Banded mongooses are small carnivores, no more than 12 to 16 inches long and weighing three to five pounds. Similar in look to a weasel or cat, mongooses have brown and gray fur. Unlike other mongoose species, banded mongooses have dark bands across their backs, for which they are named. They have five digits on their front paws but only four on their back feet. Also, they have non-retractable claws used for digging.
Banded mongooses live in sub-Saharan and South Africa as well as habitats in Asia and Europe, where they can be found in grasslands, woodlands and rocky terrains. Although not native to the areas, mongooses also have populations in the Caribbean and Hawaiian islands.
As carnivores, banded mongooses eat small vertebrates like birds, snakes and rats. Their diet also includes invertebrates like beetles or millipedes. They also are known to steal reptile or bird eggs and eat fallen fruit.
Banded mongooses are social animals that live in large packs with as many as 50 individuals, although smaller packs of 10 to 20 are more common. Diurnal animals, mongooses can be heard chattering to each other for most of the day. Banded mongooses work together in a group to fend off predators, first and foremost protecting their young and elderly. These mongooses will not stay in one habitat for more than a week, and when traveling they move together as would birds in flight.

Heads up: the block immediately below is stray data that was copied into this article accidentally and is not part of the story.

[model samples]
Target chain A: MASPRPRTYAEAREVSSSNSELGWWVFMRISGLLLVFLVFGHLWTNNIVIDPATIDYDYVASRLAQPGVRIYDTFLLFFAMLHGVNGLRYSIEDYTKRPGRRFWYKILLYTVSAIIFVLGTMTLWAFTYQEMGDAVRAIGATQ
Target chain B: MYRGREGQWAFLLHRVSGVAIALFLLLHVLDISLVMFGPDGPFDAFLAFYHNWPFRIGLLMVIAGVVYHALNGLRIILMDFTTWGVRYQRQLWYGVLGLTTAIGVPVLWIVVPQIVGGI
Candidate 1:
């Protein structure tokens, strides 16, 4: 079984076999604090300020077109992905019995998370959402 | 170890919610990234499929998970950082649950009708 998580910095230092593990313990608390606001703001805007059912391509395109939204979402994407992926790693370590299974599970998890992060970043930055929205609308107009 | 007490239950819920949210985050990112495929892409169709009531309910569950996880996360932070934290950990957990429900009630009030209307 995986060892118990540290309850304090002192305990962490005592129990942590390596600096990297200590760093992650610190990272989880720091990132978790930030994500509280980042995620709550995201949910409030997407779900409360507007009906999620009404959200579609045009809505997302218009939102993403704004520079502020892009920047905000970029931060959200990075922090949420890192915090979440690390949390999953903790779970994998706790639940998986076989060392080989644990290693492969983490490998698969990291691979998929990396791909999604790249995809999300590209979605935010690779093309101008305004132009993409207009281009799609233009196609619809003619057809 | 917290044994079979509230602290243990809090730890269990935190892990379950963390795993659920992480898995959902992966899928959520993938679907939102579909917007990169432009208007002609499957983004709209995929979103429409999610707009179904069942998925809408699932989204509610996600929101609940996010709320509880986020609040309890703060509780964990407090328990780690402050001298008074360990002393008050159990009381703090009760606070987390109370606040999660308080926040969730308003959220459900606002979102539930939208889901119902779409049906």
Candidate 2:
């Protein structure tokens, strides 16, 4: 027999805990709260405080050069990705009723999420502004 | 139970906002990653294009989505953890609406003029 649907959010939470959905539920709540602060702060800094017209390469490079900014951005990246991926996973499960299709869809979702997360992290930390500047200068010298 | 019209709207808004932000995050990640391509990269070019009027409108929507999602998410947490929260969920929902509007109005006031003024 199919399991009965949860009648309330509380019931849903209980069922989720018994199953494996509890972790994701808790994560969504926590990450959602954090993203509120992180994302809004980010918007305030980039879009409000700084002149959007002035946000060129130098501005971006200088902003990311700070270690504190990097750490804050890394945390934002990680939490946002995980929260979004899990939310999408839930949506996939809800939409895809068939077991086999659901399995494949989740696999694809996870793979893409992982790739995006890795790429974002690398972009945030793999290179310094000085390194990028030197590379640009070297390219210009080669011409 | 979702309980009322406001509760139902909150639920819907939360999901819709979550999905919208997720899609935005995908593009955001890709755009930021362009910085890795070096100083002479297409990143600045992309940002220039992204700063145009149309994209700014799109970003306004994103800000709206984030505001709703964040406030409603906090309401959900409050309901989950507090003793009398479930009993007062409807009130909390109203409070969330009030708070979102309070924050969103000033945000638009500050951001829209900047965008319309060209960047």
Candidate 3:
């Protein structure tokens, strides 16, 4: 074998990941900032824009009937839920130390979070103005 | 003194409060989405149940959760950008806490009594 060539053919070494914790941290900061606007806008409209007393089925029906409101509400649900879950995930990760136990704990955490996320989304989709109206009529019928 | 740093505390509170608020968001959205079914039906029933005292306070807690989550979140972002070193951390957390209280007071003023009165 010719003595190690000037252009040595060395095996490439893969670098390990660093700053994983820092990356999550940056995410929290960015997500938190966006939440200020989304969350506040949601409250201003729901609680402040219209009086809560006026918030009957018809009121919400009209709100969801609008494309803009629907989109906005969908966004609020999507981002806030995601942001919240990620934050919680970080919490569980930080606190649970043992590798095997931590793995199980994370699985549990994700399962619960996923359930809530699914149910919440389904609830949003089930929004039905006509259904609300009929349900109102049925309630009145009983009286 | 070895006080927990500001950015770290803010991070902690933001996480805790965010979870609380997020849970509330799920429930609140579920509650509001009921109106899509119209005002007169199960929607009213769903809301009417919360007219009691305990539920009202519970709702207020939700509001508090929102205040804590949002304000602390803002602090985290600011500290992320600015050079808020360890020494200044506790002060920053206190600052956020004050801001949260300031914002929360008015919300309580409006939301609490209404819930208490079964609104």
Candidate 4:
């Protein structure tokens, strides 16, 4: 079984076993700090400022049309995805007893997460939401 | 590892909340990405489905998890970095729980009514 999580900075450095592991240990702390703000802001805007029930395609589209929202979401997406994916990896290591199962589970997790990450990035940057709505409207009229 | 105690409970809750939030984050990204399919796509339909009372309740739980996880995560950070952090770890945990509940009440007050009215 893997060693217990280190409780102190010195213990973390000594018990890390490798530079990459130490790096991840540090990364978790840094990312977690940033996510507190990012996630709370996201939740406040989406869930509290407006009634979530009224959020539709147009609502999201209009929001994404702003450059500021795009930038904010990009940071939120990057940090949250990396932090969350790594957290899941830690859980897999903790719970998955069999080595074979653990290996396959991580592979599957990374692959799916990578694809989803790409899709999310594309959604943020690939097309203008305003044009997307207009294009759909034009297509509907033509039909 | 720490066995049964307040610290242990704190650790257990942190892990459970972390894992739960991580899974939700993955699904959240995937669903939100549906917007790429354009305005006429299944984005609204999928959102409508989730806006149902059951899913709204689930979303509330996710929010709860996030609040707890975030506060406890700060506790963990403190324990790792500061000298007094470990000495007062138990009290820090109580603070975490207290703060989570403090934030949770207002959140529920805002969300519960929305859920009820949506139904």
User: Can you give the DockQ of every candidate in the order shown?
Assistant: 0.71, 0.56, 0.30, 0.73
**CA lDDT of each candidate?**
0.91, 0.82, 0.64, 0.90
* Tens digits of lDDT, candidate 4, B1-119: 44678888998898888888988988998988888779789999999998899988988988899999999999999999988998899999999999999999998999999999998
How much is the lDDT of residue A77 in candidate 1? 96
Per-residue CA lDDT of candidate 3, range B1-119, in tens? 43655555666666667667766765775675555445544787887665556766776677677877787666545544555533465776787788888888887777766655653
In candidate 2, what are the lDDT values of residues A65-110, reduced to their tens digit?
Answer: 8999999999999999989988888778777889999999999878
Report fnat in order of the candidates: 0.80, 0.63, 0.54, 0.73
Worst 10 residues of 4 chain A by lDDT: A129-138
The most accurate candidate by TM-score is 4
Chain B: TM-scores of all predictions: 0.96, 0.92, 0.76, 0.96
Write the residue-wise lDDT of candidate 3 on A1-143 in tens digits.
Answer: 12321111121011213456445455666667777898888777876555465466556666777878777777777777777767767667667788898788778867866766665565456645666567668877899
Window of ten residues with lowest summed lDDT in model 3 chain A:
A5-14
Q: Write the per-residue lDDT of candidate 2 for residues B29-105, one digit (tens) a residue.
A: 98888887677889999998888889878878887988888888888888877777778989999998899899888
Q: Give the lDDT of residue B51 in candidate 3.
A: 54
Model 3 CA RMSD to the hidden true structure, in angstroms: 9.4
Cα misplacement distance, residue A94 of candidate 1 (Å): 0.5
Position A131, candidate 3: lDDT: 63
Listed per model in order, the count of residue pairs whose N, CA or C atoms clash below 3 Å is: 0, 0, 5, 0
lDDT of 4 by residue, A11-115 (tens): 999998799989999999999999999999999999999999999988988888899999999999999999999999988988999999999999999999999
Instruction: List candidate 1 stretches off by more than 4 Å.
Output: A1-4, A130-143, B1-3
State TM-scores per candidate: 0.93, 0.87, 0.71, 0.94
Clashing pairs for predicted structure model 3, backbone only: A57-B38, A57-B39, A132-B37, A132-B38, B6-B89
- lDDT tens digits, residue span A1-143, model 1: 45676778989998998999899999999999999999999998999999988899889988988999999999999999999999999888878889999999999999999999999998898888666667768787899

Because the banded mongooses have such widespread habitats, the animals are not endangered.
Banded mongooses were introduced to the Caribbean and Hawaiian islands in the 19th century to control rat and snake populations but instead caused many bird species to go extinct.